Arguably one of the hardest working flowers in the garden, zinnias (Zinnia sp.), pull their weight in terms of the length of blooming season, required care, and sheer beauty. Zinnias are available in hundreds of different varieties ranging from the size of a quarter to a grapefruit. With minimal attention, zinnias will bloom from late spring through early fall and are sure to brighten up your landscape.
Native to Mexico, zinnias are annuals that prefer warm to hot weather. When selecting zinnias for your landscape, make a note of the growth habits of each variety. Mature plant heights range from less than 1 foot up to 4 feet with equal spread. Low-growing zinnias do well in containers and as a garden border. Powdery mildew is a common problem among zinnias grown in humid climates. Proper spacing allows adequate air flow which is one of the best defenses against powdery mildew. You can also choose a variety of zinnia that is resistant to powdery mildew.
Zinnias thrive in full sun without much concern for soil type though well-drained soil is ideal. Seeds can be started directly in the ground, but zinnia seedlings can be transplanted successfully once the danger of frost has passed. While the plants tolerate dry conditions, the number and quality of blooms may be negatively impacted, so it is beneficial to provide regular water, especially during droughts. While the plants are young, supplemental water every two to three days keeps them from becoming stressed. Mature plants may only require a weekly watering.
Zinnias make outstanding cut flowers and will last over a week in a vase when clean water is provided. Cutting flowers from your plants regularly encourages them to continue to send out blooms throughout the growing season and promotes stronger, healthier stems. If you are growing zinnias for cut flowers, consider staking the plants. Without support the stems of the taller varieties can bend under the weight of the many blooms. The bends are difficult to incorporate into a floral arrangement but also can cause the stem to snap at the node.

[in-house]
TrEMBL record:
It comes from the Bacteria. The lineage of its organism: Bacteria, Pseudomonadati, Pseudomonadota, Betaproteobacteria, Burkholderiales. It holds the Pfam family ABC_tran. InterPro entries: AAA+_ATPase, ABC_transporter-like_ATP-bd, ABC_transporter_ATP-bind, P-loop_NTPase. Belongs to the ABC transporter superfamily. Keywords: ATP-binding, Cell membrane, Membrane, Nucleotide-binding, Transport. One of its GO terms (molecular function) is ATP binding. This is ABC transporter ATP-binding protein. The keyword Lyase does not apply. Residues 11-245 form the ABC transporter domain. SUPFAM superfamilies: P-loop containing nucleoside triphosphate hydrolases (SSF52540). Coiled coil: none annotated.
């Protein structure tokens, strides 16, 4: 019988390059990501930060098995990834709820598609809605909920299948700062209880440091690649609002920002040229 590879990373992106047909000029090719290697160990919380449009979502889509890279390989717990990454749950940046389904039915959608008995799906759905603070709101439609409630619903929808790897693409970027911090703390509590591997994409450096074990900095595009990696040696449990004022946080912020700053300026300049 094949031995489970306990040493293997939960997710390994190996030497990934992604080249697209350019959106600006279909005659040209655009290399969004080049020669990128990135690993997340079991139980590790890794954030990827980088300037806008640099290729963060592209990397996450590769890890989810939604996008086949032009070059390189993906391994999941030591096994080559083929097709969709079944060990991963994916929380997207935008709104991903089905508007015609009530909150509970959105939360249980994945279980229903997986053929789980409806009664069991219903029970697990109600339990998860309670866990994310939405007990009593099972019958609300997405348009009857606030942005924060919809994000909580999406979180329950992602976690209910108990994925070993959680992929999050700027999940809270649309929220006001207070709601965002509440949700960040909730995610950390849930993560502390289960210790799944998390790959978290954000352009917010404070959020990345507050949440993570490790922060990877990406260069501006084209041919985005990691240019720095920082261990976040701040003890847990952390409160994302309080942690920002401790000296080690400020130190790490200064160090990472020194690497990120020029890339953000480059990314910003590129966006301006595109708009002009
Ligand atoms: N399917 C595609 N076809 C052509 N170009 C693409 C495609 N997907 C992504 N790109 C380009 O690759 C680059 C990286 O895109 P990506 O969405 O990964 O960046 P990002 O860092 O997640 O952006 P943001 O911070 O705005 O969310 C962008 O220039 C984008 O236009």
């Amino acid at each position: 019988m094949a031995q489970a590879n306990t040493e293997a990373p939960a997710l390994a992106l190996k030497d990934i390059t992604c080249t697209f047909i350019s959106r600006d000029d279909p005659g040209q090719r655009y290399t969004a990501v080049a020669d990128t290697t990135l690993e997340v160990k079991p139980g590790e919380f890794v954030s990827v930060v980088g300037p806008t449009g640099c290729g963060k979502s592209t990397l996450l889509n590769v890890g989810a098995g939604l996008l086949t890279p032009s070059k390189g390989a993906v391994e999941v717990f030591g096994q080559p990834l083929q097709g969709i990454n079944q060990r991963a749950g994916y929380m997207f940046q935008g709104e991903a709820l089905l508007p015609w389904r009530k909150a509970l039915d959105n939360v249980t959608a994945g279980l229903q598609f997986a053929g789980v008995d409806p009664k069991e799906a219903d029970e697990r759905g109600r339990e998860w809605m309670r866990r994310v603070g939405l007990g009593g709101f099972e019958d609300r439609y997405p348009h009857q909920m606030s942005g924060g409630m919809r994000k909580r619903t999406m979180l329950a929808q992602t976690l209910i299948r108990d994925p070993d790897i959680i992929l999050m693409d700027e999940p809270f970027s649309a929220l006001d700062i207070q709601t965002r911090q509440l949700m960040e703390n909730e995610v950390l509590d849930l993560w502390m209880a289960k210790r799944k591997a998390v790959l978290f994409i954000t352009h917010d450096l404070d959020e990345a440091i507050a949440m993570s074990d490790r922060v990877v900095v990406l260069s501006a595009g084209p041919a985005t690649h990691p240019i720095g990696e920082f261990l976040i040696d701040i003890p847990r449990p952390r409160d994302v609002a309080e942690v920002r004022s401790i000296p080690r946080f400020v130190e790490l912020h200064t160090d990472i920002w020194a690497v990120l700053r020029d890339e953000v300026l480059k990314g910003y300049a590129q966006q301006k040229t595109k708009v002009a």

Due to the relatively large seed size and the quick growth, zinnias are a great option for young gardeners. Zinnias also attract butterflies. The blooms can be single, double or somewhere in between. Single blooms have a row of petals surrounding a visible center. Semi-double flowers have the visible center but also multiple rows of petals surrounding it. The blooms with the visible center tend to attract more butterflies than the double blooms, which have many rows of petals with no visible circular center to the flower. Some varieties have flowers that look similar to a dahlia. Others have a resemblance to cactus blossoms while some varieties have stacked rows of petals that create a beehive appearance.
If you’re looking for a place to start your cut flower garden, zinnia elegans makes a great addition. It is a timeless classic with showy flowers. For the border or container plantings, zinnia angustifolia, is a good choice. Beyond these two common varieties, there is a world of zinnias to explore. Though variable in color, texture and size, none of the blooms will disappoint.
Cynthia Domenghini is an instructor and coordinator for K-State’s horticultural therapy online certificate program.